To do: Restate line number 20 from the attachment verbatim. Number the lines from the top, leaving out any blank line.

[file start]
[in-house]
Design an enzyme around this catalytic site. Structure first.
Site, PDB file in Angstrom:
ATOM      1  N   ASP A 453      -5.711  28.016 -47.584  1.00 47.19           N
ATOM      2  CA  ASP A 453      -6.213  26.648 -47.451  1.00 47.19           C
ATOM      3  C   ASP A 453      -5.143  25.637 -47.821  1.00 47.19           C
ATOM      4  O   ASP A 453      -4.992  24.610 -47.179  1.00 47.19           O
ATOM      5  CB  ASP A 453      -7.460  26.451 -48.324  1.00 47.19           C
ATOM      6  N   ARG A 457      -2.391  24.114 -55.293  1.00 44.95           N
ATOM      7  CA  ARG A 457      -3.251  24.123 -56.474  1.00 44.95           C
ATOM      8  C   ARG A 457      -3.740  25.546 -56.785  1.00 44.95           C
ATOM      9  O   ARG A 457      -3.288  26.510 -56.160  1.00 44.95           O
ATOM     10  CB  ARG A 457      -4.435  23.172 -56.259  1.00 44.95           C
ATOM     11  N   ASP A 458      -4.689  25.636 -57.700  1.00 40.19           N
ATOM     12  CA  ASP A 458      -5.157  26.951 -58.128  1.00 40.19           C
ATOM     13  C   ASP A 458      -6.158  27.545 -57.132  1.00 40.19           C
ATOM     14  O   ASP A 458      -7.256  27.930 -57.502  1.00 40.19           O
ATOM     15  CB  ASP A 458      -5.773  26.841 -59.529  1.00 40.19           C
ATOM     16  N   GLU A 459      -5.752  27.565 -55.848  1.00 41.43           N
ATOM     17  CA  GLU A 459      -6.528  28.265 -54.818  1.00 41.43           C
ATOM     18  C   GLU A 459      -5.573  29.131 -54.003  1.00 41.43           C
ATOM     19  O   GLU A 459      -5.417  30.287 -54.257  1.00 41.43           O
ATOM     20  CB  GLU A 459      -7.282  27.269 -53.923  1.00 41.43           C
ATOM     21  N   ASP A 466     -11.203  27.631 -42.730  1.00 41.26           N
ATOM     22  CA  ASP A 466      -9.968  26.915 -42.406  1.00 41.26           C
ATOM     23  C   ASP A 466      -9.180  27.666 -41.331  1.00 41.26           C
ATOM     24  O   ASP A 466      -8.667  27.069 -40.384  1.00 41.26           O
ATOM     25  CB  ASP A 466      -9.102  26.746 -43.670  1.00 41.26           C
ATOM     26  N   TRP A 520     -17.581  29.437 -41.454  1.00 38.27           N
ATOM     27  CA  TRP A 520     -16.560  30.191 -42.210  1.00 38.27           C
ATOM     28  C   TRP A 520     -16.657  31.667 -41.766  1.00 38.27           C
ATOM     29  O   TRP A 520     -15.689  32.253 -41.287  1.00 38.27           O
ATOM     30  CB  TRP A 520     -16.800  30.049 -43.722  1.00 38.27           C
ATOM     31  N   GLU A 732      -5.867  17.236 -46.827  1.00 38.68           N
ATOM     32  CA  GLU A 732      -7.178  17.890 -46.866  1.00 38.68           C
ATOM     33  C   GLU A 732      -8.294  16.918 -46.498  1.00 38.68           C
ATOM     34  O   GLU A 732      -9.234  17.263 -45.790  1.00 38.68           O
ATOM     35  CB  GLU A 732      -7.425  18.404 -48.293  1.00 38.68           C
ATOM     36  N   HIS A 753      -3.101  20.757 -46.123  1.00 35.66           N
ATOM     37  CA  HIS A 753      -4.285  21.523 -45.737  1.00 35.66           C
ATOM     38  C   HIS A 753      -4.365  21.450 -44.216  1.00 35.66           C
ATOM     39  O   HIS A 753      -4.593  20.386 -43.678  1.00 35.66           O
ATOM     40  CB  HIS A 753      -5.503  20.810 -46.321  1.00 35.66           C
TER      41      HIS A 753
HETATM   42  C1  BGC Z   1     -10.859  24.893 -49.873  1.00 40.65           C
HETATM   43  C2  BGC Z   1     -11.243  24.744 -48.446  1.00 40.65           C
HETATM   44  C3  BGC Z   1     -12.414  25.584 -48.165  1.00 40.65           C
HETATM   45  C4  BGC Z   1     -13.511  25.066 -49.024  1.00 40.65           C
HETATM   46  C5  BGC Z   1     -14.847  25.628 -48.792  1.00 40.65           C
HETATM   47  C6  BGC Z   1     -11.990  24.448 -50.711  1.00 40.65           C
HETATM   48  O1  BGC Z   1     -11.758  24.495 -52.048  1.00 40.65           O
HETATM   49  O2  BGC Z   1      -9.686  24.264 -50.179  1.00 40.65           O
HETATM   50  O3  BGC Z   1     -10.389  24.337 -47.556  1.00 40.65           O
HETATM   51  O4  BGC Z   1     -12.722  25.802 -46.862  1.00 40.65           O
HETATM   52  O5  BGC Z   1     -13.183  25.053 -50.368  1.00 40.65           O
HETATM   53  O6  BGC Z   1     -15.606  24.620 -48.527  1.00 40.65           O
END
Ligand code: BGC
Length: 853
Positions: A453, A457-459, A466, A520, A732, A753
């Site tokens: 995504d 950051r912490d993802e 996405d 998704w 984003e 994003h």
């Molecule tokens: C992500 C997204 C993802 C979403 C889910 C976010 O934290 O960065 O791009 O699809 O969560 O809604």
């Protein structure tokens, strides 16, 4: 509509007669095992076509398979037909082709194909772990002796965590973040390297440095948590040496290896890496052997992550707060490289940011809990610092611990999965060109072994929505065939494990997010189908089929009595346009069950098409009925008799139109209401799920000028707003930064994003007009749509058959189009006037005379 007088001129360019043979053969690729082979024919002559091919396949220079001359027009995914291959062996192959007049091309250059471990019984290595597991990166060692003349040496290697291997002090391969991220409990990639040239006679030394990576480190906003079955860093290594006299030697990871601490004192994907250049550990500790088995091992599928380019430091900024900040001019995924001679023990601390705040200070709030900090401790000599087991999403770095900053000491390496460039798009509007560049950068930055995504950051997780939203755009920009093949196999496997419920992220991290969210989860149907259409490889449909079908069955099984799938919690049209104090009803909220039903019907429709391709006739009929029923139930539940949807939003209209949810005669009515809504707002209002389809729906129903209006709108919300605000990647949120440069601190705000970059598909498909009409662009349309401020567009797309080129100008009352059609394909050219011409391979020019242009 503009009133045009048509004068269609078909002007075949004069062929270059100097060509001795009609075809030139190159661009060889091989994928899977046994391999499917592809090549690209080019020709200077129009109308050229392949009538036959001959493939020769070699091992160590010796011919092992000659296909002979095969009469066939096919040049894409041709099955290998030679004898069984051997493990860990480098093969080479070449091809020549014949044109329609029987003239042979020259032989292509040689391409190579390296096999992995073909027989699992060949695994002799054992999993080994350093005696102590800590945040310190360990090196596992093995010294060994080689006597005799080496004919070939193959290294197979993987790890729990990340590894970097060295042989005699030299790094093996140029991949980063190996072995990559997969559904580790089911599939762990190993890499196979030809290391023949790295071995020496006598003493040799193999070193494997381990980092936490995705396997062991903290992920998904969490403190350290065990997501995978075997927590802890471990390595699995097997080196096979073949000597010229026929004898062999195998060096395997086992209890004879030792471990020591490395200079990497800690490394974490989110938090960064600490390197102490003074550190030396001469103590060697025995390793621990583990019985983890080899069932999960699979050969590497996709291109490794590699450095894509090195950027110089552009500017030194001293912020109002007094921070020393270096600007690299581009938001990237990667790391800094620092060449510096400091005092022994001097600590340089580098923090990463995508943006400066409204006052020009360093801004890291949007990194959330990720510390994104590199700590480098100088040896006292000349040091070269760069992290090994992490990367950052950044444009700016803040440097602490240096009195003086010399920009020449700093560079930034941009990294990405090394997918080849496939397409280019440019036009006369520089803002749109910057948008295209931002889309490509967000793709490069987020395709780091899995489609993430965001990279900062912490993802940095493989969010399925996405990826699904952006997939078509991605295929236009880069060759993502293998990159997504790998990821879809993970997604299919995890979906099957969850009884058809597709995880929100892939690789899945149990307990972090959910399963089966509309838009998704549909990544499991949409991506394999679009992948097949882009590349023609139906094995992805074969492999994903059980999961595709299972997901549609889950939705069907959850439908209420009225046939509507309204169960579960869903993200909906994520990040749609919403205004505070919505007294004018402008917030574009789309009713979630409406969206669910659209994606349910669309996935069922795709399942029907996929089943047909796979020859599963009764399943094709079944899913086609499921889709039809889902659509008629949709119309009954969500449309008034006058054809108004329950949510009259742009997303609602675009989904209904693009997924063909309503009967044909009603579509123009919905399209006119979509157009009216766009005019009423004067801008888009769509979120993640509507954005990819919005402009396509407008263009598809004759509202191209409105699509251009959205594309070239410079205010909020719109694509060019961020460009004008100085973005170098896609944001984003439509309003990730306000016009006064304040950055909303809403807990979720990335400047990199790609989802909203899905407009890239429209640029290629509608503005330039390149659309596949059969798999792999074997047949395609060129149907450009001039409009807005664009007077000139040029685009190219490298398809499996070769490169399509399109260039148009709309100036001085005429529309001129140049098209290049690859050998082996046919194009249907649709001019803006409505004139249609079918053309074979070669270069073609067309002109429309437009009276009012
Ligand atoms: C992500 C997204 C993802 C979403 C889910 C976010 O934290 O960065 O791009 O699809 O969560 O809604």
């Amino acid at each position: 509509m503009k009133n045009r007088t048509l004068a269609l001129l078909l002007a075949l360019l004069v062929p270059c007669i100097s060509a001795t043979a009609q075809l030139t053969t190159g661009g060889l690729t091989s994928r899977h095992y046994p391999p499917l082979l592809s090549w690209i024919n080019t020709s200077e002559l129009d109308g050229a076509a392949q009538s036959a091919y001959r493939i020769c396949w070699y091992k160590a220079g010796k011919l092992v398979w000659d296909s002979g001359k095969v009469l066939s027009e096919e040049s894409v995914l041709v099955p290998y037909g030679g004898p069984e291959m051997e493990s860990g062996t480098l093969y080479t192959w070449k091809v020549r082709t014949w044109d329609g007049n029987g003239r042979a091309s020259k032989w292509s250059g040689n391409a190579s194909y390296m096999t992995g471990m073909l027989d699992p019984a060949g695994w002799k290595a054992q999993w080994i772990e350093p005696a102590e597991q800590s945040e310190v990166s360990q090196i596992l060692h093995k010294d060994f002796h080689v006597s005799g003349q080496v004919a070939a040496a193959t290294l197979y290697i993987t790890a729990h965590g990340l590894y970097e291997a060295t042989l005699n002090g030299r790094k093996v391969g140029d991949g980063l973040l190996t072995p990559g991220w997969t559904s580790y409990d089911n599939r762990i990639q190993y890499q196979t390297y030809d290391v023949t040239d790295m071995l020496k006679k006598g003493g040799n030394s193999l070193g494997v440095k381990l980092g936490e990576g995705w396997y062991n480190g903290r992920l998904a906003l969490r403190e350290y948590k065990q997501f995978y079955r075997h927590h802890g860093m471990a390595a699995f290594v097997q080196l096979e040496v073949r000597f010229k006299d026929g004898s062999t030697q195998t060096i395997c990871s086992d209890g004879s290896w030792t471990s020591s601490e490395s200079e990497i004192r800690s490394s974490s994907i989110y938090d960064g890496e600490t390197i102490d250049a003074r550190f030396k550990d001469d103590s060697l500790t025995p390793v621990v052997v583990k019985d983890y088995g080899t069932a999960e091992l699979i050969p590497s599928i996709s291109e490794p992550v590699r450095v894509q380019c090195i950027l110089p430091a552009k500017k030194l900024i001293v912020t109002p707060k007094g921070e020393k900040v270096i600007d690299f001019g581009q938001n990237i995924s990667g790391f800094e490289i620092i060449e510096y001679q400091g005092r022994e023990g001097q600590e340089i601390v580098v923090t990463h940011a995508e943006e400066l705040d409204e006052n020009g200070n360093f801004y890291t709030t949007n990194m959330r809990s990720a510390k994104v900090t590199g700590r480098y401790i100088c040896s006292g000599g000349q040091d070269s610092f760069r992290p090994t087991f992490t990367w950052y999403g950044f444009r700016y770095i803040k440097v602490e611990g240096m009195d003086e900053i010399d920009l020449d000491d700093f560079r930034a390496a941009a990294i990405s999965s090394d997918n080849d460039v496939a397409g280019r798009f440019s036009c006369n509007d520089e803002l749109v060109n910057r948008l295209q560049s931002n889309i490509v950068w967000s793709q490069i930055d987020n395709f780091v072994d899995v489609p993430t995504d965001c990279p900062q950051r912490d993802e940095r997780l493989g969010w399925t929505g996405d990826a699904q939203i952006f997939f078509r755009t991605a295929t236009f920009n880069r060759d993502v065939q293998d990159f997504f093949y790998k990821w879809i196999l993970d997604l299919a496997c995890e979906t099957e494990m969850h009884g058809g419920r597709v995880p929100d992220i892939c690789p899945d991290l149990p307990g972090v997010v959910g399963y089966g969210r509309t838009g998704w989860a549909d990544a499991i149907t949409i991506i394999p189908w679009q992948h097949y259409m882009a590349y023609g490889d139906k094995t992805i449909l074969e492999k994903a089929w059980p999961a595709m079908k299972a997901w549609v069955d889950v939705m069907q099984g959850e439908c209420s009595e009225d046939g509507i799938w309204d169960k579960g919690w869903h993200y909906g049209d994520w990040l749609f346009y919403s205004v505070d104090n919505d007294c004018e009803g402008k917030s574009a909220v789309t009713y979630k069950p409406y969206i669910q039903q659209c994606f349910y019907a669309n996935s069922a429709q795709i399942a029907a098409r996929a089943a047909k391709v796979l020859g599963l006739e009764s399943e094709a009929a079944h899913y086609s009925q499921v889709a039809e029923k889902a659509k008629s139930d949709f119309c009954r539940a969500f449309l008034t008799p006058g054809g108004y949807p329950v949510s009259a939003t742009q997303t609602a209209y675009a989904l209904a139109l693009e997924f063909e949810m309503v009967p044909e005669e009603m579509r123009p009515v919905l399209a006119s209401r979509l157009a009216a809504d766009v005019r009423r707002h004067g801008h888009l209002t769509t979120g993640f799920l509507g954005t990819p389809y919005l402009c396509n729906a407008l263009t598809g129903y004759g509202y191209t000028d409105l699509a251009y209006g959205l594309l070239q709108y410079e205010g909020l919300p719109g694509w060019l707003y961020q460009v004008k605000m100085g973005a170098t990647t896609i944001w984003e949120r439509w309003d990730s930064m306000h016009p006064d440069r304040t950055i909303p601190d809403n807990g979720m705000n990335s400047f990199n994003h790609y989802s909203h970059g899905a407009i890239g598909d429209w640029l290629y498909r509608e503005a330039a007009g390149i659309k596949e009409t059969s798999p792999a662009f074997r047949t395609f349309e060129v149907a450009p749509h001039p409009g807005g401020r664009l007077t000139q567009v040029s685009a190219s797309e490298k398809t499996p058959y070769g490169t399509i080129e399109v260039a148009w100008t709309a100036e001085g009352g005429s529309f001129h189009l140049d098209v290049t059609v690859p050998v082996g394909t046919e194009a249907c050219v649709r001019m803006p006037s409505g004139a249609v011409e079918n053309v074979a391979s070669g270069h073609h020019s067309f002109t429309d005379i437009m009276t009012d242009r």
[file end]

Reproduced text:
ATOM     17  CA  GLU A 459      -6.528  28.265 -54.818  1.00 41.43           C